Ankara to provide legal support to Turkish citizens in France, Belgium after ECJ headscarf decision
Turkey will provide legal support to Turkish citizens living in France and Belgium after the European Court of Justice (ECJ) ruled that European firms can ban employees from wearing religious or political symbols, including the Islamic headscarf.
The Foreign Ministry and the Justice Ministry decided to inform Turkish citizens abroad about the ruling, vowing to provide legal support to them when necessary.
A lawyer will be assigned free of charge if a person is fired due to wearing headscarf, Justice Ministry sources told daily Hürriyet on March 16. They added that the citizen in question will be able to benefit from legal aid via Turkish consulates in such cases.
Turkey conducts legal in coordination with the embassies and consulate generals for citizens living abroad, including the United States, France, Germany and the Netherlands.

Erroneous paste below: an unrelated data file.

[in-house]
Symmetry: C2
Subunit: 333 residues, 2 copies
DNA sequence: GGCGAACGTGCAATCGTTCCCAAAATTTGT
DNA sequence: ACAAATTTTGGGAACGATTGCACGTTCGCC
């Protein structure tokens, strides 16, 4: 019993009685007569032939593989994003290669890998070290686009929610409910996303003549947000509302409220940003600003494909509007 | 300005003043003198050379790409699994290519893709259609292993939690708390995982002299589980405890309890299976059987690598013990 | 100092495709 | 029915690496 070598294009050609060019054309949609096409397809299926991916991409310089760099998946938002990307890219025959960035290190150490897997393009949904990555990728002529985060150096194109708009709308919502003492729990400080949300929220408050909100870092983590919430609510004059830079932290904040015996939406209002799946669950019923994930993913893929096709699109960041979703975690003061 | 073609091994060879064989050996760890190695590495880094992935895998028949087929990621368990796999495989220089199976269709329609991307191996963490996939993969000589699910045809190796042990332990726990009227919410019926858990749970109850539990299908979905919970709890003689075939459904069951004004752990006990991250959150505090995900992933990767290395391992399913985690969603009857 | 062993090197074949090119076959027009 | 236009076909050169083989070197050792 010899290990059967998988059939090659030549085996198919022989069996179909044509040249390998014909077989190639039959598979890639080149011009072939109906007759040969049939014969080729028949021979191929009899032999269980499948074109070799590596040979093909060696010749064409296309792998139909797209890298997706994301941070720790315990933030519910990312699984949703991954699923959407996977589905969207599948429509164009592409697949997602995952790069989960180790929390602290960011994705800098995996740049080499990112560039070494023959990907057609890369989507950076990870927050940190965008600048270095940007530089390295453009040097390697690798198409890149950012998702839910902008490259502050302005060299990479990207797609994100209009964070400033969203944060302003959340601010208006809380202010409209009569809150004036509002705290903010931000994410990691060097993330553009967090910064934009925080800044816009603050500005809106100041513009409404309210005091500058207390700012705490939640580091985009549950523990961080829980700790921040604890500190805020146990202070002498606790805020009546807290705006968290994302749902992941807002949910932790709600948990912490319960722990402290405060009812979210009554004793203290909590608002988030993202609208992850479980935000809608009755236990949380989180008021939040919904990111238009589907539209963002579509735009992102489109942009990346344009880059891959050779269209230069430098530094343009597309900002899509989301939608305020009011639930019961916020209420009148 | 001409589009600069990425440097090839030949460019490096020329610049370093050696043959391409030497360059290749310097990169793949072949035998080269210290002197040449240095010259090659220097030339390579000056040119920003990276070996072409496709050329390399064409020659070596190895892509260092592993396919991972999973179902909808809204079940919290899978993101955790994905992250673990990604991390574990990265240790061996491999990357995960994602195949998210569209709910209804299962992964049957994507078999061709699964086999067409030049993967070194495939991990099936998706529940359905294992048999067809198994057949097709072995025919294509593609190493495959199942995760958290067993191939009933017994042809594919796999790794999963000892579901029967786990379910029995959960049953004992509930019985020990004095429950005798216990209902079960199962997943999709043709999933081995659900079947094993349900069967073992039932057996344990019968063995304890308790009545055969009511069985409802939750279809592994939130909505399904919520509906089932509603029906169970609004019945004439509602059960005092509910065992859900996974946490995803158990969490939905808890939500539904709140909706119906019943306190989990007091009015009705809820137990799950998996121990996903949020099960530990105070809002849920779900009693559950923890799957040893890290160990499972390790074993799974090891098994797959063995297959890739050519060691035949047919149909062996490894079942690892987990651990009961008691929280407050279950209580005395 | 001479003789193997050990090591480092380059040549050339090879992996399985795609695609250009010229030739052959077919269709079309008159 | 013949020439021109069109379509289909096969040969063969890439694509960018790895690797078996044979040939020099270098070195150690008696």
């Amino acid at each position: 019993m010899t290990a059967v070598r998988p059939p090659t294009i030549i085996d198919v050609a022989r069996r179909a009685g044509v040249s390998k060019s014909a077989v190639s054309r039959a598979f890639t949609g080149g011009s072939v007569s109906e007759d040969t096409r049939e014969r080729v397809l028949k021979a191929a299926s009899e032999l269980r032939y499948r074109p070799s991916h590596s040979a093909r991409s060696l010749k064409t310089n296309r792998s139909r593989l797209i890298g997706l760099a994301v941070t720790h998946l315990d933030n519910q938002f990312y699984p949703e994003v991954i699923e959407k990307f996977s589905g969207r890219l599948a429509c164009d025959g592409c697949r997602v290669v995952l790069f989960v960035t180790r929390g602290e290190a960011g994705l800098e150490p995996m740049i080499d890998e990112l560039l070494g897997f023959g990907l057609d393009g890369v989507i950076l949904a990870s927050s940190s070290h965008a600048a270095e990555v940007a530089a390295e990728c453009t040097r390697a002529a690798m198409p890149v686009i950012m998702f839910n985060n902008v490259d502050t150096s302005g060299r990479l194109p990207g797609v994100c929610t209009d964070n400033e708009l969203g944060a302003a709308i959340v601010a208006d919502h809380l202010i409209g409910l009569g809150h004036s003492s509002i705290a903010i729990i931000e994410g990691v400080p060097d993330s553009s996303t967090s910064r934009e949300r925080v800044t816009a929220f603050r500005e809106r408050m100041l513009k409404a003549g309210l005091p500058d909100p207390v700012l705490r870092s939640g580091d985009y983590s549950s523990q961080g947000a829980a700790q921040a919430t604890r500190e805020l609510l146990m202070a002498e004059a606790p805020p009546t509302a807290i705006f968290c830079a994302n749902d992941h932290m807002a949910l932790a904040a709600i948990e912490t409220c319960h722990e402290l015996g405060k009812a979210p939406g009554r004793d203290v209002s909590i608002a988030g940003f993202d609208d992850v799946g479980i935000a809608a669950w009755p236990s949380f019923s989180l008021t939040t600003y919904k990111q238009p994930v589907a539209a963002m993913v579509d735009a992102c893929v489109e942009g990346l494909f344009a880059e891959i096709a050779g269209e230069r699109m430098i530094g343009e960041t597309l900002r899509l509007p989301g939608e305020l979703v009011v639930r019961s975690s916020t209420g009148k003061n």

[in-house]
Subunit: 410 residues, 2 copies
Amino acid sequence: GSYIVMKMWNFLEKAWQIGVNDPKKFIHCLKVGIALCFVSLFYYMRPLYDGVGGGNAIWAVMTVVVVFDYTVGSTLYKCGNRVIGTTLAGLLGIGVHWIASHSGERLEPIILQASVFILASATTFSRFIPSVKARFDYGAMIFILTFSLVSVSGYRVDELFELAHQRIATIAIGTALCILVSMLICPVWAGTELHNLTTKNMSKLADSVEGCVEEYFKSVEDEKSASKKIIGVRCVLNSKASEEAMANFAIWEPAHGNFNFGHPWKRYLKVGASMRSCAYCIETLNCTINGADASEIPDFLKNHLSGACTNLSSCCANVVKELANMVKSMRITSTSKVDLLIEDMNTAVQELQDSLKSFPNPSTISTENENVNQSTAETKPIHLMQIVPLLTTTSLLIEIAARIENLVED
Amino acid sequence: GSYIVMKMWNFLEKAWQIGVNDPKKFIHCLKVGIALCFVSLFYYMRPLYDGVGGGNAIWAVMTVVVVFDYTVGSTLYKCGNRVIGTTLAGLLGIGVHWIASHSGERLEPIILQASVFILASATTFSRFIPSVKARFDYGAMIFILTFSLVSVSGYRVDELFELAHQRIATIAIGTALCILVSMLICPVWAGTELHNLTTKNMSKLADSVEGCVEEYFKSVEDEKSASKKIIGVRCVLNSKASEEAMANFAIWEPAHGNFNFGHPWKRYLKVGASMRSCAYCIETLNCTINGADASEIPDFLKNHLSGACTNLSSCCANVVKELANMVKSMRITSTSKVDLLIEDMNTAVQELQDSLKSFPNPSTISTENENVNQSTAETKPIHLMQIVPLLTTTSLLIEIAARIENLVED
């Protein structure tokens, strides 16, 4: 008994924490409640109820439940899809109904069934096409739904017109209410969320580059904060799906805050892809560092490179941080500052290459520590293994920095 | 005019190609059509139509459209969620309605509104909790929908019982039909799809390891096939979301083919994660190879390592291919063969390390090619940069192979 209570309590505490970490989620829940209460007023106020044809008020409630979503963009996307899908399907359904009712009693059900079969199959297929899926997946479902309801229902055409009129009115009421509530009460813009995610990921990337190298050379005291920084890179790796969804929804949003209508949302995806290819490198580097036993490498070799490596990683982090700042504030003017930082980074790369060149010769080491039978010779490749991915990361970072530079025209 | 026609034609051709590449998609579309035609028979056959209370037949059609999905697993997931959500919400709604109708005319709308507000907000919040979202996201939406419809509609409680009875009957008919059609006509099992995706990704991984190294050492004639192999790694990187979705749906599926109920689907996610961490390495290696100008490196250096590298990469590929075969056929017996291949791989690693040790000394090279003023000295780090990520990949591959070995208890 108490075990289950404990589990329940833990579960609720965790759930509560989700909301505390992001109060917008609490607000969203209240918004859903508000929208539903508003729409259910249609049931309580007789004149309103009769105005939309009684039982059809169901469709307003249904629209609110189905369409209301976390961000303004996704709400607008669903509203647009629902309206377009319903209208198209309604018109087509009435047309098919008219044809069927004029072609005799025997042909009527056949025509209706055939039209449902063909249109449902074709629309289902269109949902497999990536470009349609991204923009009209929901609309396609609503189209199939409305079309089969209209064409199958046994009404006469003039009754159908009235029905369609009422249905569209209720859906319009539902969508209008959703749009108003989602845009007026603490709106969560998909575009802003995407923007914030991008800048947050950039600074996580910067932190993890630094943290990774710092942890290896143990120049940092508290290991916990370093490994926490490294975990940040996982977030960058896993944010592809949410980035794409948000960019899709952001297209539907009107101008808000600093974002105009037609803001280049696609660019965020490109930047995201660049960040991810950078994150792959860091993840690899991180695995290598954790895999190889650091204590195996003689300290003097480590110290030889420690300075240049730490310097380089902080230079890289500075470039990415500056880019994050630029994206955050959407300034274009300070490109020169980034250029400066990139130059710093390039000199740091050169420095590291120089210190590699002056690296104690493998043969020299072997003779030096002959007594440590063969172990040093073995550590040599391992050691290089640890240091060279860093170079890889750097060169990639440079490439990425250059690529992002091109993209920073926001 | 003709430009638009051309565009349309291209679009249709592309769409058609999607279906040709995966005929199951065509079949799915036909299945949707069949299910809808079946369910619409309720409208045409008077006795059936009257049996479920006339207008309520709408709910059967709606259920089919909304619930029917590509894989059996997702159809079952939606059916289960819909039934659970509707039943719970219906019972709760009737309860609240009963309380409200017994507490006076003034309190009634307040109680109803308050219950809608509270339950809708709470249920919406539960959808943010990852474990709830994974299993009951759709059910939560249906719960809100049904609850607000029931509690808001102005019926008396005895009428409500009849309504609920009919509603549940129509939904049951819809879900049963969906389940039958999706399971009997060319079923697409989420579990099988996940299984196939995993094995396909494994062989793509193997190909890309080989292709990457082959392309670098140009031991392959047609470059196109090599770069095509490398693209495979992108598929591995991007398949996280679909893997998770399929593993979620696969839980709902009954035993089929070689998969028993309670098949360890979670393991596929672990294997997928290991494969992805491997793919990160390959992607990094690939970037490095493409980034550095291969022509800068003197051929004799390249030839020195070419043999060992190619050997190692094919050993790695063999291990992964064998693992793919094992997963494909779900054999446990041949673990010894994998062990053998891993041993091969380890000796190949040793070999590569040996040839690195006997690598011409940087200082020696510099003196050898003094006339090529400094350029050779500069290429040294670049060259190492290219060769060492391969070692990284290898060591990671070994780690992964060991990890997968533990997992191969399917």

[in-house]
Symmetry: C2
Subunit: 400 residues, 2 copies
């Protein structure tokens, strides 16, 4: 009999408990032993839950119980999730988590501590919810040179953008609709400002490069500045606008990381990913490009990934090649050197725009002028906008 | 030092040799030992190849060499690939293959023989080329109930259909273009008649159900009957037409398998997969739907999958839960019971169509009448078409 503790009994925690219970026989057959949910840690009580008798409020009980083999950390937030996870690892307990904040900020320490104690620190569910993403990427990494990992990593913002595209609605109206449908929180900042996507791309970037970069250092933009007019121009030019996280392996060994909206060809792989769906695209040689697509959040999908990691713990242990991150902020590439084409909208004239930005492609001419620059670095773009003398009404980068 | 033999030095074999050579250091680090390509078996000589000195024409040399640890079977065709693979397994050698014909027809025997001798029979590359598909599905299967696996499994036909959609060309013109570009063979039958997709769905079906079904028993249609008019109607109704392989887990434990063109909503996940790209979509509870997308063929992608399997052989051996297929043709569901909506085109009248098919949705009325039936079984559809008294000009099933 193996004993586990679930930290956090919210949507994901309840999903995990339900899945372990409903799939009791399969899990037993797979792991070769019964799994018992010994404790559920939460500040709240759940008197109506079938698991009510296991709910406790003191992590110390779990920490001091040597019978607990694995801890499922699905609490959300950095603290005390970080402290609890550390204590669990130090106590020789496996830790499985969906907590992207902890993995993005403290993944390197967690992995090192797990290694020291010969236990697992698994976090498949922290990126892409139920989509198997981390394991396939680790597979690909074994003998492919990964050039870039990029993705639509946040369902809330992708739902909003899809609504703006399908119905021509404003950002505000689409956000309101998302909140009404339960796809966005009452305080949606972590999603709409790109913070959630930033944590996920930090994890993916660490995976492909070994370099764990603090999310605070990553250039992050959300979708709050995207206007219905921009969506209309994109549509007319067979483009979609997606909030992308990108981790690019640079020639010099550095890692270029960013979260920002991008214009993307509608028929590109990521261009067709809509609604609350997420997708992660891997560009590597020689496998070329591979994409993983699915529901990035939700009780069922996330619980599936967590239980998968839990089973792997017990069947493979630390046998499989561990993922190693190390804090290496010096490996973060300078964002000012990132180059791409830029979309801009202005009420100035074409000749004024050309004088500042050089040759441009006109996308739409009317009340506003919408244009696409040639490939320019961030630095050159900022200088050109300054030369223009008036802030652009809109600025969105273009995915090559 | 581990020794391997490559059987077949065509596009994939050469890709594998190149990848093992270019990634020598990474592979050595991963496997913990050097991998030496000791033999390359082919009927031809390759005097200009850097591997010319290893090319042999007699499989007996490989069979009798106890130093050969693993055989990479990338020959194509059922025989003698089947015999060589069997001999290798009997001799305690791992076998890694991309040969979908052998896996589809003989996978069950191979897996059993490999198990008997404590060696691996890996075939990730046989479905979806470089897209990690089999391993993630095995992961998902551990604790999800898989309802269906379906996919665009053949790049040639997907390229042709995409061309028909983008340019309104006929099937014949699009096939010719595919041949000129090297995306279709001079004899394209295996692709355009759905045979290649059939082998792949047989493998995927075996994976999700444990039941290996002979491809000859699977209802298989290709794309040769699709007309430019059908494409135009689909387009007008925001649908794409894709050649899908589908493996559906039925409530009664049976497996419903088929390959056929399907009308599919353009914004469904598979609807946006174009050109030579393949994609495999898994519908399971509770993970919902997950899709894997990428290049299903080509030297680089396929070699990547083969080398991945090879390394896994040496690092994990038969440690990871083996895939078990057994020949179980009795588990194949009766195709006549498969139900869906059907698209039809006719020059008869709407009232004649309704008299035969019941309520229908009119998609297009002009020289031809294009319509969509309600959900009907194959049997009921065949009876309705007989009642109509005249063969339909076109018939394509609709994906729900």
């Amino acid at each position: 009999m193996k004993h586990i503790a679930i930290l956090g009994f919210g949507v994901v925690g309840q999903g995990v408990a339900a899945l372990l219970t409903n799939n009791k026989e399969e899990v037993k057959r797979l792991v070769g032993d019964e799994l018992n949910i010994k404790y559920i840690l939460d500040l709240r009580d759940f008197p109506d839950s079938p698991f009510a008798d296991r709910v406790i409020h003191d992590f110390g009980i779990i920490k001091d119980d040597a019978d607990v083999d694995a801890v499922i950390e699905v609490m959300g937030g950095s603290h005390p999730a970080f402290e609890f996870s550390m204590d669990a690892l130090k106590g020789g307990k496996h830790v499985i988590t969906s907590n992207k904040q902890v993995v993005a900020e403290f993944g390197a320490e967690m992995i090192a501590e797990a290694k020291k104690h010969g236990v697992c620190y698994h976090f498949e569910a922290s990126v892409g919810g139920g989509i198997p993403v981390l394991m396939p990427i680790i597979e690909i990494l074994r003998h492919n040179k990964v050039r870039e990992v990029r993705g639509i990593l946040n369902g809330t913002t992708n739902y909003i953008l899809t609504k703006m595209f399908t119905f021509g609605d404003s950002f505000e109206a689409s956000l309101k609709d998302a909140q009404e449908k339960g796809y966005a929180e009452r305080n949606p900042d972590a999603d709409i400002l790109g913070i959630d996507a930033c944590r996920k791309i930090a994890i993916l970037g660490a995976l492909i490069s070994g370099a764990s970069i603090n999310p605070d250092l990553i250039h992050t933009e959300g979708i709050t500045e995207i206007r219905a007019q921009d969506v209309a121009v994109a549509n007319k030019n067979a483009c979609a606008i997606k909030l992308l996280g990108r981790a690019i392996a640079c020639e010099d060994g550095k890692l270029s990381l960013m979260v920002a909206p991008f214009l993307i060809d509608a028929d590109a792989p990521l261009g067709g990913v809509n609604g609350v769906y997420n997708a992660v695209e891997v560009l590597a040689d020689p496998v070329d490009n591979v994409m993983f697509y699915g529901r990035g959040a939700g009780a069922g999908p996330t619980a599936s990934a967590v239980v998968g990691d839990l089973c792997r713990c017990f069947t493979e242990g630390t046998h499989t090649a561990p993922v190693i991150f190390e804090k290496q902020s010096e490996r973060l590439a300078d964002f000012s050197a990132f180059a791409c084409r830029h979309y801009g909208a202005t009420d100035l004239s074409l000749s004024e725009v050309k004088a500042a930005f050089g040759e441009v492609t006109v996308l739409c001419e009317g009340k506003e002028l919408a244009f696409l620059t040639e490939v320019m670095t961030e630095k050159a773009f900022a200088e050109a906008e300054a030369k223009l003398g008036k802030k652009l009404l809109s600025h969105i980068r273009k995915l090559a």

The ECJ ruled on March 14 that it does not constitute "direct discrimination" if a firm has an internal rule banning the wearing of "any political, philosophical or religious sign."
The Luxembourg-based court was considering the case of a Muslim woman fired by the security company G4S in Belgium after she insisted on wearing a headscarf.
Speaking about the court's decision, Justice Minister Bekir Bozdağ described it "as a shame."
"The ECJ has made a decision that ignores and violates all human rights agreements, EU values and universal law. It should be known that the ban on headscarves with a written work rule is a clear violation of human rights, freedom of religion and conscience, and the right to work," Bozdağ wrote on his Twitter account on March 15.
"This prohibitive ruling of the ECJ is the destruction of freedom of religion and conscience, human rights...